We round out our trip through the AFC West with the Oakland Raiders, who hope that Year Two of the Jon Gruden Administration goes better than it’s predecessor. After luring the former Super Bowl-winning Head Coach out of a decade-long retirement with a shocking 10-year, $100 Million Contract, the honeymoon was rather short as Oakland spiraled into a disappointing 4-12 finish, marred by an exodus of talent, chief among them former Defensive Player of the Year, Kahlil Mack, and Pro-Bowl Receiver, Amari Cooper. However, this Offseason has been defined by further turnover, with Gruden brining in longtime Draft Analyst, Mike Mayock, on board as his General Manager, leading to a wealth of personnel moves, including the acquisition of Antonio Brown via trade among others. While they’ll certainly look different in 2019, the real question is whether or not that all of these new faces make for a better team, which we’ll attempt to discern shortly…
The Gruden Effect 2.0
After much fanfare, it’s safe to say that the first year of Jon Gruden’s second tenure with the Oakland Raiders was nothing short of underwhelming, with the team finishing a mediocre 4-12. However, the end results being what they were, the real disappointment was in how the veteran Head Coach handled his roster. Things got off to a rocky start after Oakland traded one of their foundational pieces, Kahlil Mack, failing to meet the defender’s expectations in contract negotiations. Months later, Amari Cooper was jettisoned following a slow start to the season, with both players netting the franchise a total of three future First Round Picks. We’ll get to the picks later, but in the meantime, the exodus led to a severely depleted roster, with the Raiders ranking 28th in Scoring (18.1 P/G) and dead-last in Points Allowed (29.2 P/G), while former Pro-Bowl Quarterback, Derek Carr (68.9%, 4,049 YDS, 6.21 NY/A, 19 TD, 10 INT, 49.3 QBR), proved to be largely ineffective under the tutelage of the self-professed QB Guru. With that said, it would be hard to imagine many Quarterbacks in the league succeeding given the circumstances, for Carr’s Supporting Cast had been utterly decimated, while the Defense struggled mightily to simply get off the field. Though Gruden was reportedly considering replacing his Signal-Caller during the Offseason, he instead chose to give him another chance in his system, with the train of thought being that the 28-Year Old should be able to recapture his 2016 form in which he was a candidate for MVP. In a Quarterback-driven league, this team’s success will likely coincide with any resurgence from Carr, otherwise there is no question that Gruden will have his sights on a younger, fresher face in next year’s NFL Draft. Remember, this guy is in a truly unique situation for a Head Coach, for given the length of his contract and the club’s looming move to Las Vegas, he has the luxury of playing the long game, biding his time while nearly all of his contemporaries are under pressure to win immediately.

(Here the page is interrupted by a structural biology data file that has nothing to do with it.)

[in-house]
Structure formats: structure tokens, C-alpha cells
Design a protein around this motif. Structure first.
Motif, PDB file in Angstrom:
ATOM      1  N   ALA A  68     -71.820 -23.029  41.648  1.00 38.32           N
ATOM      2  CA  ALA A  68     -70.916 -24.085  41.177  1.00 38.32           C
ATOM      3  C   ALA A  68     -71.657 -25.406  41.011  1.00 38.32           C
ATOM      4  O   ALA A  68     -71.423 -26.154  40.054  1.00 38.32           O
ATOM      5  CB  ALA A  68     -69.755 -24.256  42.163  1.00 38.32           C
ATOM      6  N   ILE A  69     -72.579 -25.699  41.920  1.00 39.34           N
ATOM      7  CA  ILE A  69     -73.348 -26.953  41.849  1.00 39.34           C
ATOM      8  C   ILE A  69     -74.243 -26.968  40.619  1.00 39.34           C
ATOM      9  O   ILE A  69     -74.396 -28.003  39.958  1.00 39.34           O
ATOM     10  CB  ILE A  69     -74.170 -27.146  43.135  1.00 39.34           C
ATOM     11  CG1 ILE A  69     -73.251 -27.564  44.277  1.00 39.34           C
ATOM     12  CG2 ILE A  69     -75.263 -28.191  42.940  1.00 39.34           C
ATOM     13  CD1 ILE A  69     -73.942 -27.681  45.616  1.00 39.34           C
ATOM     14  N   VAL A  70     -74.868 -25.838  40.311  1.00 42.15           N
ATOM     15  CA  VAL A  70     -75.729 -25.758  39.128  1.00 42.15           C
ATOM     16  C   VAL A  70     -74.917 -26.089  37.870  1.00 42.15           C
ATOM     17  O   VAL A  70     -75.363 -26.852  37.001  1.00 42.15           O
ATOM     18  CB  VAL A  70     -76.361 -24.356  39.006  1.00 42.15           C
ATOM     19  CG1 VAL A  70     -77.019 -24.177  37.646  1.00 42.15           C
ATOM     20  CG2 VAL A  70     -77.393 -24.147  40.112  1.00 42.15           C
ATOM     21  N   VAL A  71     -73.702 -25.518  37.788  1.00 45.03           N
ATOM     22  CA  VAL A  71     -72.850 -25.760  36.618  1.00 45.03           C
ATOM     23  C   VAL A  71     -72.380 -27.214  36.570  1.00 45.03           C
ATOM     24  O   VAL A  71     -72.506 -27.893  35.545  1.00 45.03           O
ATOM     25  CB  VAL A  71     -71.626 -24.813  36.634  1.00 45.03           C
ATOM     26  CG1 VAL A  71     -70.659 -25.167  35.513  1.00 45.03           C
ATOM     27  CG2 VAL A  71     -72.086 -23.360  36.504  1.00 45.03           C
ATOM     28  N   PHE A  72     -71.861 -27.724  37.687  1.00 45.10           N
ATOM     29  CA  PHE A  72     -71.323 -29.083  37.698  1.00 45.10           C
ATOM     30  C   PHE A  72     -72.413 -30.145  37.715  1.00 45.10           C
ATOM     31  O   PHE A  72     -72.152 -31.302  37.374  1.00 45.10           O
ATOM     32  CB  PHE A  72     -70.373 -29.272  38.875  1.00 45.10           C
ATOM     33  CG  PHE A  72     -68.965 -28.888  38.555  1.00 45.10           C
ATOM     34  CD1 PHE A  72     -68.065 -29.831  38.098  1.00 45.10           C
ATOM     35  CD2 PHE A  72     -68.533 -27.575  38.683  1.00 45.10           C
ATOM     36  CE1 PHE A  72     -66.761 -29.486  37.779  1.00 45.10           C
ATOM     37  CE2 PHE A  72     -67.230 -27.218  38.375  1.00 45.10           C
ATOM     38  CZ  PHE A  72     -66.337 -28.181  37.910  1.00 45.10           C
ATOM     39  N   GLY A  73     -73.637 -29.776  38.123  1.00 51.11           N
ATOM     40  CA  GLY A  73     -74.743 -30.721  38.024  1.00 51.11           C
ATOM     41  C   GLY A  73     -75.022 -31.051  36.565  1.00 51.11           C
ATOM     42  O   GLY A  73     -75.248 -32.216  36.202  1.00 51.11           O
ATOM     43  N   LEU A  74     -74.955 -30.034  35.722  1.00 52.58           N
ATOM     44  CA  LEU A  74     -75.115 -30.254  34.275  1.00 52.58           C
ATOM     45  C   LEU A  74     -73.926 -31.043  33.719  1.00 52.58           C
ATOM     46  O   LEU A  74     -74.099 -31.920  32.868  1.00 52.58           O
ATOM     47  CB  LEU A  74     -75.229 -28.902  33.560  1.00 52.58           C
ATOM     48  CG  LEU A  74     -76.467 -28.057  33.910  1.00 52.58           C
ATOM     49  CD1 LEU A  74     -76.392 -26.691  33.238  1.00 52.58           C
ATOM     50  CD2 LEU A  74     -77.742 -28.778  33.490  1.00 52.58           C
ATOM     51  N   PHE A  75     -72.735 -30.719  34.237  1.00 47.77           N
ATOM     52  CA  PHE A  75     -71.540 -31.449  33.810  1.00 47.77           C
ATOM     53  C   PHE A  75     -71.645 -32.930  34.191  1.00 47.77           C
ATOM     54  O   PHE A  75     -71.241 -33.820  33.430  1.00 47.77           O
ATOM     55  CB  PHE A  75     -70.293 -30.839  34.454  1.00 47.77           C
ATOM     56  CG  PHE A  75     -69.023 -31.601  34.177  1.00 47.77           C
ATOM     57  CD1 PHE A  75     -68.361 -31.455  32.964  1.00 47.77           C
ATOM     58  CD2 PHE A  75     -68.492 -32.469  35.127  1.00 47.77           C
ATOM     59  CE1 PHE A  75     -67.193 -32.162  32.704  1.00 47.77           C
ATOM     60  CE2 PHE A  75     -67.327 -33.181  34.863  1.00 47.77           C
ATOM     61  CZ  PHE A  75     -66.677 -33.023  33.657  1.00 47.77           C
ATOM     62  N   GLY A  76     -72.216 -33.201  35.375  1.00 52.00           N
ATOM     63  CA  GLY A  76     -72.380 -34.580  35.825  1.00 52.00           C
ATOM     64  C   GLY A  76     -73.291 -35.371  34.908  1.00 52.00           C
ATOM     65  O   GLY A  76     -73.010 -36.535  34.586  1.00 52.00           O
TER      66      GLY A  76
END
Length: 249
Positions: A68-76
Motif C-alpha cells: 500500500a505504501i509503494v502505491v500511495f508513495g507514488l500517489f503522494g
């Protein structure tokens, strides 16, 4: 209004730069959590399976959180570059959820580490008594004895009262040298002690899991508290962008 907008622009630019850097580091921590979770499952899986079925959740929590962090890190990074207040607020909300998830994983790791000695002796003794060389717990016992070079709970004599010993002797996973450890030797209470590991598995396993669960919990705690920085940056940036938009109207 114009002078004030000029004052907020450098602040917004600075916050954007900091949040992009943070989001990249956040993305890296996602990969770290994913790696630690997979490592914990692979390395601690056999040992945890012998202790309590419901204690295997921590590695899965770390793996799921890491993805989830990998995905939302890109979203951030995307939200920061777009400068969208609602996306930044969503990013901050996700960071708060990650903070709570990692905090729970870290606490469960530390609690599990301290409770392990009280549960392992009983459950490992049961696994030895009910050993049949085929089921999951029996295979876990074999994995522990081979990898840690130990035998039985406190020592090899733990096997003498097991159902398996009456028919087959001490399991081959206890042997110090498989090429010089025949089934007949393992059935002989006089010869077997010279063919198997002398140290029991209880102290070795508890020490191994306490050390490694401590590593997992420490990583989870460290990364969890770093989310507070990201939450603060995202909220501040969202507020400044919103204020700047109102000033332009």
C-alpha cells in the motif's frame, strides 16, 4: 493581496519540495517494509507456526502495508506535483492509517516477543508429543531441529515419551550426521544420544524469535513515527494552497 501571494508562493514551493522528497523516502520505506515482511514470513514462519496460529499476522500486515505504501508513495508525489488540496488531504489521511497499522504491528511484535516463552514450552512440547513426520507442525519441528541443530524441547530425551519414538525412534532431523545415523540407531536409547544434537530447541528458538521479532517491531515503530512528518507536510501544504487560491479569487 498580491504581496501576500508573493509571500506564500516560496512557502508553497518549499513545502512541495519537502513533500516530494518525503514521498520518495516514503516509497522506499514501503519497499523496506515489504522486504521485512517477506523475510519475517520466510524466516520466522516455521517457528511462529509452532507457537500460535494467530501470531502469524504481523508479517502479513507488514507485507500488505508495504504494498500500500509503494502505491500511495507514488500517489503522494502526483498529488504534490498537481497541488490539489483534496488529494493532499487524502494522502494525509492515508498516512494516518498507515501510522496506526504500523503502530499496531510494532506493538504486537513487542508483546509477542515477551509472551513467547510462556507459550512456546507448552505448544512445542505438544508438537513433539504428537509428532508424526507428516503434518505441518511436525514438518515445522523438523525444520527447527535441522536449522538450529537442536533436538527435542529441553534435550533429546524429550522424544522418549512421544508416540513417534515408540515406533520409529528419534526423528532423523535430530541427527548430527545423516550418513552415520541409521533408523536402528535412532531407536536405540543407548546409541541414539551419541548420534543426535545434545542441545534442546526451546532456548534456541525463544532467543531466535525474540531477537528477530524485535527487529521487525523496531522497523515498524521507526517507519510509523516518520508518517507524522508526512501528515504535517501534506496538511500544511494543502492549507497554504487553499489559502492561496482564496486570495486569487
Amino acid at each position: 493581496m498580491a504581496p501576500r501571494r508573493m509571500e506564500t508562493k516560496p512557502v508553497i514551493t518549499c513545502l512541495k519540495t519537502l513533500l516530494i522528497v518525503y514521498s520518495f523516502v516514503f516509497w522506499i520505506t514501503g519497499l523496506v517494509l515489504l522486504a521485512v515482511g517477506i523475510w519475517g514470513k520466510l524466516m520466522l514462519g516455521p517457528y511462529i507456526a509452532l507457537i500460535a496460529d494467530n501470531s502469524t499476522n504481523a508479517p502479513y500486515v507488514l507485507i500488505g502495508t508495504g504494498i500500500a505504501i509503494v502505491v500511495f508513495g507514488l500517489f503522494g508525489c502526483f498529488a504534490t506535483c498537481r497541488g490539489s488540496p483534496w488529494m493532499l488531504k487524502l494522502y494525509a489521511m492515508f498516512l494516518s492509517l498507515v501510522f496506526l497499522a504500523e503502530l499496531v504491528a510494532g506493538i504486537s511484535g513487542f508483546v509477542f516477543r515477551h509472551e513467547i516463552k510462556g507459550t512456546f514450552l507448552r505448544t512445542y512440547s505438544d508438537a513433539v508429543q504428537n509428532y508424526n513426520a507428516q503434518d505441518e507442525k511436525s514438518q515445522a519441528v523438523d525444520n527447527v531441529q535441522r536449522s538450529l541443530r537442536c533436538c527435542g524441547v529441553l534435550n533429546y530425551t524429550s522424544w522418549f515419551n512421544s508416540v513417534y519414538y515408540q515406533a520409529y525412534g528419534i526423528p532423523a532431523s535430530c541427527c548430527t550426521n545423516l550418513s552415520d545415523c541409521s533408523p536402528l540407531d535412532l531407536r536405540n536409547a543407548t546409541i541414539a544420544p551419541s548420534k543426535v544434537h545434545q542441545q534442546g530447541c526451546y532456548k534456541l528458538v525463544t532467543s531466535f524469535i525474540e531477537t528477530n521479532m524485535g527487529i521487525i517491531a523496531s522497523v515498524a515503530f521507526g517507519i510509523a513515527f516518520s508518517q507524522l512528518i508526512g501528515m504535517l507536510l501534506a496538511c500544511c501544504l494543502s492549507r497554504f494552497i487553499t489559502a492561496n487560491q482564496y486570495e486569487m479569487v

Raiders Reloaded: Veterans
If you subscribe to the notion that Gruden spent a great deal of 2018 taking inventory of the roster that was left to him, then based on their actions during this past Offseason, it’s easy to ascertain how he felt about it. Few teams underwent as much turnover across their roster as Oakland, and by all means, they sorely needed it. The first shoe to drop was the acquisition of Antonio Brown (104 REC, 1,297 YDS, 12.5 Y/R, 15 TD) in a trade with the Pittsburgh Steelers for Third and Fifth Round Draft Picks. Gruden and the aforementioned Mayock promptly inked the four-time All-Pro Receiver to a three-year, $50.1 Million Contract Extension, with the hopes that the talented yet disgruntled Brown would flourish in new surroundings. Keep an eye on his rapport with Carr, seeing as how his relationship with his former Quarterback, Ben Roethlisberger, was a major reason as to why he was ultimately sent packing from Pittsburgh, despite being one of the most successful tandems in NFL History, combining for 686 Receptions, 9,145 Yards, and Sixty-Seven Touchdowns over the past six years. However, it didn’t stop there for the Raiders, who were very busy in Free Agency, further adding to the Receiving Corps by signing Tyrell Williams (41 REC, 653 YDS, 15.9 Y/R, 5 TD), who averaged 16.3 Yards per Reception over the past four years for division rival, Los Angeles, while acquiring mammoth Offensive Tackle, Trent Brown, who played a major role for the reigning Super Bowl Champion, New England Patriots, making him the highest-paid Lineman in the league at $66 Million over four years. Furthermore, they added to the Defense too, signing Linebackers Brandon Marshall (42 TKL, 1 PD) and Vontaze Burfict (33 TKL, 1 TFL, 3 PD), along with versatile Defensive Back, Lamarcus Joyner (78 TKL, 3 TFL, 1 QBH, 1.0 SK, 1 FR, 1 INT, 3 PD). It remains to be seen how these new pieces will come together, though they certainly appear to represent an upgrade, at least on paper. With that said, there is another part of this equation, which brings us to…